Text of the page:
On US Navy boats, flight quarters is sounded when a helicopter is either inbound or is going to be launched.

When flight quarters was sounded, this is the message that would be read over the 1MC (speakers in our hangar):

Flight quarters, flight quarters.
All hands man your flight quarter stations.
The smoking lamp is out
Wear no hats topside
Throw no trash over the side

A team of folks that were from the ship (we called these people Shoes) came into the hangar and suited up to launch, recover or refuel the helo. Everyone was color-coded for their job. The fire and rescue team wore red shirts, the refueling team wore purple shirts (Grapes), the safety man wore a white shirt with a red cross on his helmet, the flight deck director wore yellow (he gave the signals to the pilot on what they needed to do), the chocks-and-chains team wore brown, and my team wore green for aviation technicians (we were called Airdales).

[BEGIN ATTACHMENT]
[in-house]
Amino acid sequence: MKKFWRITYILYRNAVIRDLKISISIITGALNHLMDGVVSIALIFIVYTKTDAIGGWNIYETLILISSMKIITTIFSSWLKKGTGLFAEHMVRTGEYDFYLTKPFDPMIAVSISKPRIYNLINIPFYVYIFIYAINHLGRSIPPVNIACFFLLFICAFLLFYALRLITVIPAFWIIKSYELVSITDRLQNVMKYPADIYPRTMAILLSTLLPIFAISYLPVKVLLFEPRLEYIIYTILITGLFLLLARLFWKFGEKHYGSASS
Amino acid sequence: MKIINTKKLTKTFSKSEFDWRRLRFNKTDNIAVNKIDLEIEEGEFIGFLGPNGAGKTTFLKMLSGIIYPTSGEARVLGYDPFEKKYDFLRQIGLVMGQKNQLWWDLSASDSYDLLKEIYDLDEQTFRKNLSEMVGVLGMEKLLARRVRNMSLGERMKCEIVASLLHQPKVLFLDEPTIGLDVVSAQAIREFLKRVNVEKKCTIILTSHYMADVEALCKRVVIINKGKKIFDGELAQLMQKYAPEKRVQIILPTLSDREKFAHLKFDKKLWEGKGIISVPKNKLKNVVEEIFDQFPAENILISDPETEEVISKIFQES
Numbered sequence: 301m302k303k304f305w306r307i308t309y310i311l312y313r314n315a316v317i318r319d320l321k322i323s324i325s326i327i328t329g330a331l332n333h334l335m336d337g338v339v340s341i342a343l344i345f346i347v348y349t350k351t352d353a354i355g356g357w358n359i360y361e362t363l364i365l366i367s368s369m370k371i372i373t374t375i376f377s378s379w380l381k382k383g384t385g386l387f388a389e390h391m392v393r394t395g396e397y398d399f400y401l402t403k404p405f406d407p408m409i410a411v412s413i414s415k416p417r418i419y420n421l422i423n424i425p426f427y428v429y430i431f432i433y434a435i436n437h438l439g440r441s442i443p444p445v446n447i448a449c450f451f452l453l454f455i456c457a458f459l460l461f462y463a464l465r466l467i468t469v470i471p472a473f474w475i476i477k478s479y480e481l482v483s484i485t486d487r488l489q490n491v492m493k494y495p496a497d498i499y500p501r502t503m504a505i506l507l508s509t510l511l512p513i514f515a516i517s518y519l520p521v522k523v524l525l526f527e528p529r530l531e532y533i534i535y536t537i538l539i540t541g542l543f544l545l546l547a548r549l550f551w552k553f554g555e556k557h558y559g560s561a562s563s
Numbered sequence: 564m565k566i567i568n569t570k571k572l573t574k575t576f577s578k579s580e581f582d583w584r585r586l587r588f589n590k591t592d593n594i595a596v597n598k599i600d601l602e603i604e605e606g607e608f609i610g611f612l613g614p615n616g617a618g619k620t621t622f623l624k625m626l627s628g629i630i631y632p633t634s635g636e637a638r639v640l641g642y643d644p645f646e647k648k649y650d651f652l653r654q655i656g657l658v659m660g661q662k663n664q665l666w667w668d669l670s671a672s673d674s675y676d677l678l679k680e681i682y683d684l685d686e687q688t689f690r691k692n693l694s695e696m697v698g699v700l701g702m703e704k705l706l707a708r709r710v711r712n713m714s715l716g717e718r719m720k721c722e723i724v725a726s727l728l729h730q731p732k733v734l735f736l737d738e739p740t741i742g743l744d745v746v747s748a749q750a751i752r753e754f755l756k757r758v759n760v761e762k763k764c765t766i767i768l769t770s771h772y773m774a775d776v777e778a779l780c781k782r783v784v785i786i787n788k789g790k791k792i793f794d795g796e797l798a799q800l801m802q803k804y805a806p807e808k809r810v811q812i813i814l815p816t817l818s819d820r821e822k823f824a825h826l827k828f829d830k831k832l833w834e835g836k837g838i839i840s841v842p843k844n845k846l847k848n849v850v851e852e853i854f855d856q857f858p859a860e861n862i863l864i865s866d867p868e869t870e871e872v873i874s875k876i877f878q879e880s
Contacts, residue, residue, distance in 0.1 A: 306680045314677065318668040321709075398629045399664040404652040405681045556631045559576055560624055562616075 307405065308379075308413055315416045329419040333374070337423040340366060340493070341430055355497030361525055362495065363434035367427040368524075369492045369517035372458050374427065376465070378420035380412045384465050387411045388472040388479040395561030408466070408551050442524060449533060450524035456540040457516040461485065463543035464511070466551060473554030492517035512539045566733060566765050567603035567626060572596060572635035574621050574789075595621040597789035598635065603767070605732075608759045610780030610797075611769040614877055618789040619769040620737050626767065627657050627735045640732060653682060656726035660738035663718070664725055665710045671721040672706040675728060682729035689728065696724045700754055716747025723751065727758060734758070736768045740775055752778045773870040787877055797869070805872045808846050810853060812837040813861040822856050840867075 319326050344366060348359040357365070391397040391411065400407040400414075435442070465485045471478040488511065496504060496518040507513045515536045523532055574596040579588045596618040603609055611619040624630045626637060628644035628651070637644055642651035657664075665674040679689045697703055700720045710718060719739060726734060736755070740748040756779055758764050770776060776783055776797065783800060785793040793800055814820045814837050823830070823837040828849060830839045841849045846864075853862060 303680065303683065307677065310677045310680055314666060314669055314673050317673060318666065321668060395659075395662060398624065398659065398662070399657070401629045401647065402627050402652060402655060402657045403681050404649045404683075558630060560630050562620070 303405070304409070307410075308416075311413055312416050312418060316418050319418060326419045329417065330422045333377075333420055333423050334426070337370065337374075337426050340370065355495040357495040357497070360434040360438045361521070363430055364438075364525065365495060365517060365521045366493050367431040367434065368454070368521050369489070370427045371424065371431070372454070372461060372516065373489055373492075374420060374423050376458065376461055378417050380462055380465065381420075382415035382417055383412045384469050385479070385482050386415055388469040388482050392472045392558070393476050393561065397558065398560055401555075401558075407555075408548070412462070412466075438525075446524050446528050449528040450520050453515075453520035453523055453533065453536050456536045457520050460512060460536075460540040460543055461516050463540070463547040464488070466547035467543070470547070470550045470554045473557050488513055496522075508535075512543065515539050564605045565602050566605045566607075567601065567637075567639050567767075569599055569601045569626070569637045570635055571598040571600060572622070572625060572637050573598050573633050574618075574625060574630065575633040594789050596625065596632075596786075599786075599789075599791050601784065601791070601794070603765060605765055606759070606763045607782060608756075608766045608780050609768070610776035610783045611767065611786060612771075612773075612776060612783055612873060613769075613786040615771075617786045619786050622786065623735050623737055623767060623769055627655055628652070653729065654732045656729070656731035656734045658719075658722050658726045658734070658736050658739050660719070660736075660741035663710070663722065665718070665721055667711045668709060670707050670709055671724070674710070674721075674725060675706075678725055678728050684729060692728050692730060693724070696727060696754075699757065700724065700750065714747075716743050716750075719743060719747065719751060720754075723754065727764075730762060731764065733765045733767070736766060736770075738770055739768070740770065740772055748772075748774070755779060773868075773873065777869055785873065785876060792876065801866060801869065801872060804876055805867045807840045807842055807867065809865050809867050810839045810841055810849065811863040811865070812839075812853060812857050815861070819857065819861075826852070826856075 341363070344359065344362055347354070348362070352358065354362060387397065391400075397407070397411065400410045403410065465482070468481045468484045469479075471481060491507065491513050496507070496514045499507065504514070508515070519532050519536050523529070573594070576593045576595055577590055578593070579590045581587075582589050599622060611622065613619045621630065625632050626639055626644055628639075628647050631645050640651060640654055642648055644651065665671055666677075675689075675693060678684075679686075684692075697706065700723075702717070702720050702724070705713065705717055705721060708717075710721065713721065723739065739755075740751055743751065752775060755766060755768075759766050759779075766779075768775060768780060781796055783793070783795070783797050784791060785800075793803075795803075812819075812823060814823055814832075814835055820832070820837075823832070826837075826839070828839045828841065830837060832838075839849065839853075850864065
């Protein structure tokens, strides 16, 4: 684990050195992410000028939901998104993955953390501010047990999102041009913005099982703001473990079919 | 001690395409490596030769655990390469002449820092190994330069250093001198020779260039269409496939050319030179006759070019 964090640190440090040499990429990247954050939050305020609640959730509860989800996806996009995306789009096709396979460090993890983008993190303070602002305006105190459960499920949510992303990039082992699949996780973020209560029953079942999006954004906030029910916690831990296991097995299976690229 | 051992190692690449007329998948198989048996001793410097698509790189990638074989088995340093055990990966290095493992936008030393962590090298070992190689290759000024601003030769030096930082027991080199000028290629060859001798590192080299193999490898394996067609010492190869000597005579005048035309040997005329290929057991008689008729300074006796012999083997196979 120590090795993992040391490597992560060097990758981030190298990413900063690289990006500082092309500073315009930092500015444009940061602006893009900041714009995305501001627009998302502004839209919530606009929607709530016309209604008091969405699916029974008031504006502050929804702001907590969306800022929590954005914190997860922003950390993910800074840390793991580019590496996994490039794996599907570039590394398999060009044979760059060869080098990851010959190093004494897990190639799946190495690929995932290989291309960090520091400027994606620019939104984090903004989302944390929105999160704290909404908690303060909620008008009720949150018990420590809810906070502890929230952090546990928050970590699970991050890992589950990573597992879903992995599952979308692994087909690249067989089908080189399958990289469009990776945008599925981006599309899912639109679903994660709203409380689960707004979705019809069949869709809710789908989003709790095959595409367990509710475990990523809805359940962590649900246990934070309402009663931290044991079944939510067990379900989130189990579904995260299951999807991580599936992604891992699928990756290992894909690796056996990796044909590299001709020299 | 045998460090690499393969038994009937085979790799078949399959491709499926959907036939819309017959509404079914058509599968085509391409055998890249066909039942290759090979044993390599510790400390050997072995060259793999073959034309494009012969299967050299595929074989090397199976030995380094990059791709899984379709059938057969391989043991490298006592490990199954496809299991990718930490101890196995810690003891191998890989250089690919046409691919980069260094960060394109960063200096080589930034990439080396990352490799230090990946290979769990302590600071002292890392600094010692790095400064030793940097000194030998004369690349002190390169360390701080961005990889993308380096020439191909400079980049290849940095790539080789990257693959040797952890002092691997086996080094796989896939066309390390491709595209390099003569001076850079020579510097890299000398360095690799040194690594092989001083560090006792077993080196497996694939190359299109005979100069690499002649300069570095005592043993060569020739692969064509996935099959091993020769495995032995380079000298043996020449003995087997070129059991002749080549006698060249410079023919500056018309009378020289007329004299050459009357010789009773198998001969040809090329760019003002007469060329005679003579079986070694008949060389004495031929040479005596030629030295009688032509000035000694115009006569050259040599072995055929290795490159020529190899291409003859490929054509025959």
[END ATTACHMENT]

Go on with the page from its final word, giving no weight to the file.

The helo would come in, get refueled, have a crew swap, then take off. If it was the last flight, they'd come in and shut down. After the helo was gone or shut down, flight quarters would be secured.

If you were on the flight deck team, you were paid an extra $160US/month. The very first thing that a helo would do when it was assigned to a ship would be to do 16 "bounces", where they'd land and then take off 16 times. That qualified the team to get their first month of flight deck pay.

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